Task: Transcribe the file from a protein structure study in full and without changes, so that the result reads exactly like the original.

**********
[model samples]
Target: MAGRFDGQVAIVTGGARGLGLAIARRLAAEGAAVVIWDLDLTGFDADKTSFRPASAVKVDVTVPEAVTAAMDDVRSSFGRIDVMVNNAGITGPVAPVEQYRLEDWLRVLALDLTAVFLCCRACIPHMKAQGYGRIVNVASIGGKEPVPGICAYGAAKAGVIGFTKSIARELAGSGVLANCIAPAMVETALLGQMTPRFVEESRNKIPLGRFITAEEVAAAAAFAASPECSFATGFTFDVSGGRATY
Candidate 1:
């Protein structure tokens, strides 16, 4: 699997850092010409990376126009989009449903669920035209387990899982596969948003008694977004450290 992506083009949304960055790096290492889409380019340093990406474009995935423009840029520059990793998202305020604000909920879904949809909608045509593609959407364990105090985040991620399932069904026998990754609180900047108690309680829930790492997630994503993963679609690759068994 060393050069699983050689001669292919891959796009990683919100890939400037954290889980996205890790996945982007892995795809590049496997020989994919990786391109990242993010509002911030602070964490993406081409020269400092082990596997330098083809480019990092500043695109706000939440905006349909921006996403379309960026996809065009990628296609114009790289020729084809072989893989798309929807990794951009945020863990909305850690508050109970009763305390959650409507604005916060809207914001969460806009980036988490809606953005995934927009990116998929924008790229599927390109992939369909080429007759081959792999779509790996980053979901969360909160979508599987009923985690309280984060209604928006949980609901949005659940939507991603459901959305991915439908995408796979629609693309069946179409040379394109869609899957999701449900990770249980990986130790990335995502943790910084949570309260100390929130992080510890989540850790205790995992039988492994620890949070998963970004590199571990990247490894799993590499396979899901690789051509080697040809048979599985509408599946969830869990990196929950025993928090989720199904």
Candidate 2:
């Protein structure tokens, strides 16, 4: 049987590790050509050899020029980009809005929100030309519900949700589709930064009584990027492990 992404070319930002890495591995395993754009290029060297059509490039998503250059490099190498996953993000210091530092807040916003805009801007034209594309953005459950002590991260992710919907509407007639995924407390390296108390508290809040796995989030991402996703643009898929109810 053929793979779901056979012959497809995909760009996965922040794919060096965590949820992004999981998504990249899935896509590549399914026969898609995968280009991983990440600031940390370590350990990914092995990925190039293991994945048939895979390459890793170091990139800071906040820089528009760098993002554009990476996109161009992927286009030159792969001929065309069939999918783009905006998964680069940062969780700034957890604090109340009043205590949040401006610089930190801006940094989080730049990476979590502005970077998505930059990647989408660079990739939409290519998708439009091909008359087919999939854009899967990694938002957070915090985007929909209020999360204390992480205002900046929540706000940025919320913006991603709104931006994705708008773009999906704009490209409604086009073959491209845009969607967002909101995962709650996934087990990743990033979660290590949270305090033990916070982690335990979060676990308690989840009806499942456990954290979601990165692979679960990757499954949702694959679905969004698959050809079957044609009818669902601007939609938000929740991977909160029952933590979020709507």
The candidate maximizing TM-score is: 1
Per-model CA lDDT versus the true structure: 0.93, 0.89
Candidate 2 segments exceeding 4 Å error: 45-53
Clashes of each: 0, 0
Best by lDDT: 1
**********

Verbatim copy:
[model samples]
Target: MAGRFDGQVAIVTGGARGLGLAIARRLAAEGAAVVIWDLDLTGFDADKTSFRPASAVKVDVTVPEAVTAAMDDVRSSFGRIDVMVNNAGITGPVAPVEQYRLEDWLRVLALDLTAVFLCCRACIPHMKAQGYGRIVNVASIGGKEPVPGICAYGAAKAGVIGFTKSIARELAGSGVLANCIAPAMVETALLGQMTPRFVEESRNKIPLGRFITAEEVAAAAAFAASPECSFATGFTFDVSGGRATY
Candidate 1:
């Protein structure tokens, strides 16, 4: 699997850092010409990376126009989009449903669920035209387990899982596969948003008694977004450290 992506083009949304960055790096290492889409380019340093990406474009995935423009840029520059990793998202305020604000909920879904949809909608045509593609959407364990105090985040991620399932069904026998990754609180900047108690309680829930790492997630994503993963679609690759068994 060393050069699983050689001669292919891959796009990683919100890939400037954290889980996205890790996945982007892995795809590049496997020989994919990786391109990242993010509002911030602070964490993406081409020269400092082990596997330098083809480019990092500043695109706000939440905006349909921006996403379309960026996809065009990628296609114009790289020729084809072989893989798309929807990794951009945020863990909305850690508050109970009763305390959650409507604005916060809207914001969460806009980036988490809606953005995934927009990116998929924008790229599927390109992939369909080429007759081959792999779509790996980053979901969360909160979508599987009923985690309280984060209604928006949980609901949005659940939507991603459901959305991915439908995408796979629609693309069946179409040379394109869609899957999701449900990770249980990986130790990335995502943790910084949570309260100390929130992080510890989540850790205790995992039988492994620890949070998963970004590199571990990247490894799993590499396979899901690789051509080697040809048979599985509408599946969830869990990196929950025993928090989720199904």
Candidate 2:
């Protein structure tokens, strides 16, 4: 049987590790050509050899020029980009809005929100030309519900949700589709930064009584990027492990 992404070319930002890495591995395993754009290029060297059509490039998503250059490099190498996953993000210091530092807040916003805009801007034209594309953005459950002590991260992710919907509407007639995924407390390296108390508290809040796995989030991402996703643009898929109810 053929793979779901056979012959497809995909760009996965922040794919060096965590949820992004999981998504990249899935896509590549399914026969898609995968280009991983990440600031940390370590350990990914092995990925190039293991994945048939895979390459890793170091990139800071906040820089528009760098993002554009990476996109161009992927286009030159792969001929065309069939999918783009905006998964680069940062969780700034957890604090109340009043205590949040401006610089930190801006940094989080730049990476979590502005970077998505930059990647989408660079990739939409290519998708439009091909008359087919999939854009899967990694938002957070915090985007929909209020999360204390992480205002900046929540706000940025919320913006991603709104931006994705708008773009999906704009490209409604086009073959491209845009969607967002909101995962709650996934087990990743990033979660290590949270305090033990916070982690335990979060676990308690989840009806499942456990954290979601990165692979679960990757499954949702694959679905969004698959050809079957044609009818669902601007939609938000929740991977909160029952933590979020709507």
The candidate maximizing TM-score is: 1
Per-model CA lDDT versus the true structure: 0.93, 0.89
Candidate 2 segments exceeding 4 Å error: 45-53
Clashes of each: 0, 0
Best by lDDT: 1